What is water filtration?
Water filters have a long history as a method of water purification, beginning as early as 2000 b.c.e. in ancient Egypt. Filtration has evolved from the simple Hippocratic sleeve of ancient Greece, made from cloth, to the complicated solid block carbon and multimedia water filters currently on the market. Water filtration is now the premier method of water purification, removing more water contaminants, more efficiently, than any other technique.
The filtration process involves some type of filter media, over which water flows. This filter media blocks passage of contaminants through physical obstruction, chemical adsorption, or a combination of both processes. Material construction of the filter media varies widely, but the most effective medias are made from carbon or a combination of carbon with other elements.
Modern filtration technology allows water filters to remove more and more contaminants through the chemical process of adsorption. In the adsorption process, contaminants are encouraged to break their bond with water molecules and chemically adhere to the filter media. Generally, water goes through several stages of filtration to ensure that each filter media will remove the ultimate number of contaminants.
Water normally passes through a water filter at a relatively low speed, in order to ensure adequate contact time with the filter media. Once the water has passed through the required stages of filtration, it emerges as pure drinking water, free from contamination.
Treatment Techniques and Devices
Once contamination is detected in a drinking water supply it is important to use the proper treatment device to remove the contaminant. The following section is intended as a guide to help in the selection of a treatment device. Before buying a treatment device have the water supply tested for contamination and consult a specialist when selecting the best treatment device. If the specific contaminant is known the information in the following sections will indicate the possible treatment devices and link to more detailed information on this web site.
Activated Alumina is a granulated form of aluminium oxide. In this process, water containing the contaminant is passed through a cartridge or canister of activated alumina. The alumina absorbs the contaminant and freshwater continues to the service faucet. The cartridge of activated alumina has to be replaced periodically. It is important to determine by testing when the contaminant removal capability of the device is exhausted, so the treatment technique will remove, not contribute to, the contaminant. Also, activated alumina devices will accumulate bacteria, so treated water will have higher bacteria counts than raw water.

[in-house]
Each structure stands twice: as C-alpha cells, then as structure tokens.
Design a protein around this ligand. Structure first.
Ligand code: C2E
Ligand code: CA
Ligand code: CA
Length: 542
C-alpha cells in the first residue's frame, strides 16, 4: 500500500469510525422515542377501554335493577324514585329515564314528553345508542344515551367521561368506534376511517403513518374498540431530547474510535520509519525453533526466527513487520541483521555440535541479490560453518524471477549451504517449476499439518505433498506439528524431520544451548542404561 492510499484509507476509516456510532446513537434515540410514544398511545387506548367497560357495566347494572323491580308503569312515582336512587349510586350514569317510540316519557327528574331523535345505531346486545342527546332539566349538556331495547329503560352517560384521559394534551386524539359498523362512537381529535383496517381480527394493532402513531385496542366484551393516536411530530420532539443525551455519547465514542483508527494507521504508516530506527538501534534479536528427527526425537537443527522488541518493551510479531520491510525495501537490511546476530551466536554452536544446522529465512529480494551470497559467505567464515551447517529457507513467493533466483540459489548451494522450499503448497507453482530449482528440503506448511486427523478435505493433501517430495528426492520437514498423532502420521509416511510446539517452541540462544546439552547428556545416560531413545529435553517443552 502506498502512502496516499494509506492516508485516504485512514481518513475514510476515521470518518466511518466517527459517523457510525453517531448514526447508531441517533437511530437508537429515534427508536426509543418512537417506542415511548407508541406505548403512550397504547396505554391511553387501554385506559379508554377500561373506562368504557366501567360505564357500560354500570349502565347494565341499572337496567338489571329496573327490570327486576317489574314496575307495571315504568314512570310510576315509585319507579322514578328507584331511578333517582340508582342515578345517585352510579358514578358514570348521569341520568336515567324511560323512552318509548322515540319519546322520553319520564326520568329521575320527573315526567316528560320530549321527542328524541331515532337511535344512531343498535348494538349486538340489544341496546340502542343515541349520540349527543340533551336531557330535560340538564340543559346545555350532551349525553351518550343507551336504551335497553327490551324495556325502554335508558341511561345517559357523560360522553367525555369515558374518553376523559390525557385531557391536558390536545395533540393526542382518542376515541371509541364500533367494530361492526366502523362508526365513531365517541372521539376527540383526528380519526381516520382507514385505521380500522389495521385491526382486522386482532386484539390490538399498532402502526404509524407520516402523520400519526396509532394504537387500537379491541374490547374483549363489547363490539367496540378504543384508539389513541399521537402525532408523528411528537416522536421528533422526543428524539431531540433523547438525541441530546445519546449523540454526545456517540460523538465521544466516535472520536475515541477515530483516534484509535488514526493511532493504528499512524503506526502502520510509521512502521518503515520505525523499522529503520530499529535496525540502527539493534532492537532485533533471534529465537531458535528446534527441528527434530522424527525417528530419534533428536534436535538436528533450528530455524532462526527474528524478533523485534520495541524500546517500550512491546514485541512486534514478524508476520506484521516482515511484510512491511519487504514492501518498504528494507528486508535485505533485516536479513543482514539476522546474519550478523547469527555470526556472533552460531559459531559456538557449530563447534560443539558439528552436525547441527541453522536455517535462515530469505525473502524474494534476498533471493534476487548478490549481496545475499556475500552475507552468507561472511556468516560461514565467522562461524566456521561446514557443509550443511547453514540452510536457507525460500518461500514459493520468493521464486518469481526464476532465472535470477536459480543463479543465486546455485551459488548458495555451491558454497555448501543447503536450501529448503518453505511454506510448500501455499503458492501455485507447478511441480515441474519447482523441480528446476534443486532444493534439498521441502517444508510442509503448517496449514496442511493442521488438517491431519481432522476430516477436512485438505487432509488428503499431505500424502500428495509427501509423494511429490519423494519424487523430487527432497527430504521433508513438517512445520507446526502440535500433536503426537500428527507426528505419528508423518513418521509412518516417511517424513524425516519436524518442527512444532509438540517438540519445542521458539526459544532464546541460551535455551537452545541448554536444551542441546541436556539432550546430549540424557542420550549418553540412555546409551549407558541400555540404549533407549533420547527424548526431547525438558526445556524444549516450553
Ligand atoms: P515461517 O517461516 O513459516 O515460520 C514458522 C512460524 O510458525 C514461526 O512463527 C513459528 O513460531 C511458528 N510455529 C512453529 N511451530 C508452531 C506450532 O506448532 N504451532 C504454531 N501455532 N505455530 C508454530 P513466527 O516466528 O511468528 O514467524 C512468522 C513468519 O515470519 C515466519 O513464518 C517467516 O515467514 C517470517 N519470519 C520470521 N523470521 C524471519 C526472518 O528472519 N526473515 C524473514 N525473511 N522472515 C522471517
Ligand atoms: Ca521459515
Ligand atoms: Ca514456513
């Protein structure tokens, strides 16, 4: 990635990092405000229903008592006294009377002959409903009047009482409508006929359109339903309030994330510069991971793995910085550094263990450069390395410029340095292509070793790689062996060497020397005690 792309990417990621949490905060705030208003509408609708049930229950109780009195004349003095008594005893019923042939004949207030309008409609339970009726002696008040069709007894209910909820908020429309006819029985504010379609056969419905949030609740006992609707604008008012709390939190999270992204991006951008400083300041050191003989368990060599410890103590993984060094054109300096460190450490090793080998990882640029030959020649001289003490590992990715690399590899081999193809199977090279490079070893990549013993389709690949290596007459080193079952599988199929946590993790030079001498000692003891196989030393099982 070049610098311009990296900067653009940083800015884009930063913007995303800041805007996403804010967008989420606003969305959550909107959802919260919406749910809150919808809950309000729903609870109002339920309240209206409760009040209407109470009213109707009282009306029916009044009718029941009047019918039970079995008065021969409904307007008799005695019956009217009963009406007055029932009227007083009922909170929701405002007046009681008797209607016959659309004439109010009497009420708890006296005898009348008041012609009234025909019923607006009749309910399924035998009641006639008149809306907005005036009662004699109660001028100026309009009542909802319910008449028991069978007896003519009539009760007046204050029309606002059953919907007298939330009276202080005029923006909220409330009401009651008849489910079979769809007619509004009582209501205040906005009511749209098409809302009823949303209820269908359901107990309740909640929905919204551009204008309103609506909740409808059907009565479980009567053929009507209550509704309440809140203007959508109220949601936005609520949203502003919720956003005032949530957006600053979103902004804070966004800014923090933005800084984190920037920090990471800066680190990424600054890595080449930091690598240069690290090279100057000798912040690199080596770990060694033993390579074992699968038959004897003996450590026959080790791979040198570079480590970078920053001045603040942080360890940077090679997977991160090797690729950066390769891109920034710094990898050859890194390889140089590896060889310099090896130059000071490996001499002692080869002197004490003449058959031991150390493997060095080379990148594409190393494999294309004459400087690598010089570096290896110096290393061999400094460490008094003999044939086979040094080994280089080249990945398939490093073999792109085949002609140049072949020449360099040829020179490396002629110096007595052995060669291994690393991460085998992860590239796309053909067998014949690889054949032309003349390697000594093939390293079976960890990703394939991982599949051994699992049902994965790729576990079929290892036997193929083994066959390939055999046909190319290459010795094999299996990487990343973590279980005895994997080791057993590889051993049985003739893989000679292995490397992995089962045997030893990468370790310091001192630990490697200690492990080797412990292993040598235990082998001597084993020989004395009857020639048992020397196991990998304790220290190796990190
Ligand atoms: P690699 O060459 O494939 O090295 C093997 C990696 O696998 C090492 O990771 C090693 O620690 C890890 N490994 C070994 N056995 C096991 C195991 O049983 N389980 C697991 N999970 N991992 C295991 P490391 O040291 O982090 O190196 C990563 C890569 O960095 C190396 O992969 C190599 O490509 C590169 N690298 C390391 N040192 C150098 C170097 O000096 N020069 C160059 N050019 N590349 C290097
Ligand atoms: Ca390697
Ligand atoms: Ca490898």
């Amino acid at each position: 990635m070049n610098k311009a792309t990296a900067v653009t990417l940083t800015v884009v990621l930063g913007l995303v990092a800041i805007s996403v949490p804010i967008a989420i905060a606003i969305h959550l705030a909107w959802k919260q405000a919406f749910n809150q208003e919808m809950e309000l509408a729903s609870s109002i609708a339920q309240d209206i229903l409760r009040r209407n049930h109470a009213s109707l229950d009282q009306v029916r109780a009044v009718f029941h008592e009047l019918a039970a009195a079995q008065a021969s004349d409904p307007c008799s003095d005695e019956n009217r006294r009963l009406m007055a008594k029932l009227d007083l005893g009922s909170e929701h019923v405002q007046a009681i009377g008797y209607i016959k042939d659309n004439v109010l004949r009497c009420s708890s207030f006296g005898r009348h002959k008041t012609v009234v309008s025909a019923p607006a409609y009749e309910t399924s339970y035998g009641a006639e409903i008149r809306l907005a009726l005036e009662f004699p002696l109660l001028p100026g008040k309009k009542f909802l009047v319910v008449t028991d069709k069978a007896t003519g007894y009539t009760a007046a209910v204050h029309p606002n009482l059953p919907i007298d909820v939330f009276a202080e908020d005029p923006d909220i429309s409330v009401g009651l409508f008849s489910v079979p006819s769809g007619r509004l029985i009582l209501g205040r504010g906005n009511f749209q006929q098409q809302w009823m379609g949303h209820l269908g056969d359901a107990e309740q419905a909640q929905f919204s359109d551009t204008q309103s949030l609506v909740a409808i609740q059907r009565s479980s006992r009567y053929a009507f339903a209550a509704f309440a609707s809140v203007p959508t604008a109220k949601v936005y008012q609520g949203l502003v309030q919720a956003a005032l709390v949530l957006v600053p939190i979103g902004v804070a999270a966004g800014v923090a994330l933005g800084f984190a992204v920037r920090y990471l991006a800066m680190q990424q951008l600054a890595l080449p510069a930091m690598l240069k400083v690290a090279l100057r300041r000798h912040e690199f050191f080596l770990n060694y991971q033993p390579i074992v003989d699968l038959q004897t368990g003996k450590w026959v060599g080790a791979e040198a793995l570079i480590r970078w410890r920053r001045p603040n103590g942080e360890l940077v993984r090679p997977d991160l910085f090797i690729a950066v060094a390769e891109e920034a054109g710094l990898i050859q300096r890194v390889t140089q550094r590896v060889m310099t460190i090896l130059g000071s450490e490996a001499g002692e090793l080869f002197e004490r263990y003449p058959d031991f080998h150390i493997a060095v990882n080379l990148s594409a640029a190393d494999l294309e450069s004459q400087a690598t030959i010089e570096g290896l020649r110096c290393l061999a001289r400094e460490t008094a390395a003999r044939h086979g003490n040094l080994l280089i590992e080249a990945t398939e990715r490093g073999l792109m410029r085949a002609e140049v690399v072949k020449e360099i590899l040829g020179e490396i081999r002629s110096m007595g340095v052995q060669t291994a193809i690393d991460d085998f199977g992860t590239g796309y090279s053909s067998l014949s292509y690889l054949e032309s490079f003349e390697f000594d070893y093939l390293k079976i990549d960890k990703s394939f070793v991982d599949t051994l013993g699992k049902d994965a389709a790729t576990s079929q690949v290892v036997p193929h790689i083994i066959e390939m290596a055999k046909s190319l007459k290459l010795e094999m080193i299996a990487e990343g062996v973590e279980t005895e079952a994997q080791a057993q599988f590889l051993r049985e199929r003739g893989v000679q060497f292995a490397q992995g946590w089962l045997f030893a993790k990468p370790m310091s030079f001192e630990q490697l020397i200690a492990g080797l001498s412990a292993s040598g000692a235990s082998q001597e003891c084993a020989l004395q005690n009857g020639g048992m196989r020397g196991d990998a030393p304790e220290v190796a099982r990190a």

Contaminants Removed: Arsenic, Fluoride.
Activated carbon filters absorb impurities from water as it passes through a carbon cartridge or tank. Such filters are used to eliminate or remove undesirable odors, tastes, organic compounds, and residual chlorine. Carbon filters also remove some potentially, hazardous contaminants such as radon gas, hydrogen sulfide, many dissolved organic chemicals and trihalomethanes. Most inorganic chemicals are not removed by these filters.
Contaminants Removed: Hydrogen Sulfide, Radon, Chlorine, Volatile Organic Compounds, Pesticides, Benzene, Colors, Odors.
Related Items: Whole House Carbon Filters
Aeration systems spray the water through an air-filled chamber then use a fan to move the contaminated air out of the area.
Contaminants Removed: Hydrogen Sulfide, Radon.
Anion exchange units use a resin that exchanges chloride, or in some cases hydroxide, for the contaminant anions. Most use chloride which increases the chloride content of water as it removes anions such as nitrate, sulfates and bicarbonates.
Contaminants Removed: Nitrate, Sulfate, Fluoride, Tannins.
Related Items: Nitrate Filters, Tannin Filters
In chemical precipitation certain compounds are added to the water that chemically react with the contaminate. The products of the reaction will then either sink to the bottom or float to the top of the holding tank, so that they can be removed. This method is primary used in public water supplies and is not a viable solution for private water supplies. If contaminant is detected in a private water supply use an alternate method or contact you local water authority.
Contaminants Removed: Arsenic, Barium, Cadmium, Chromium, Lead, Mercury, Selenium, Silver.
The most common, oldest and relatively inexpensive method used to disinfect water is chlorination. A chemical feed pump continuously dispenses chlorine into the water supply. Chlorine, an oxidizing agent, kills most bacteria and some viruses. In the proper concentrations and under adequate exposure time, chlorine is an excellent disinfectant.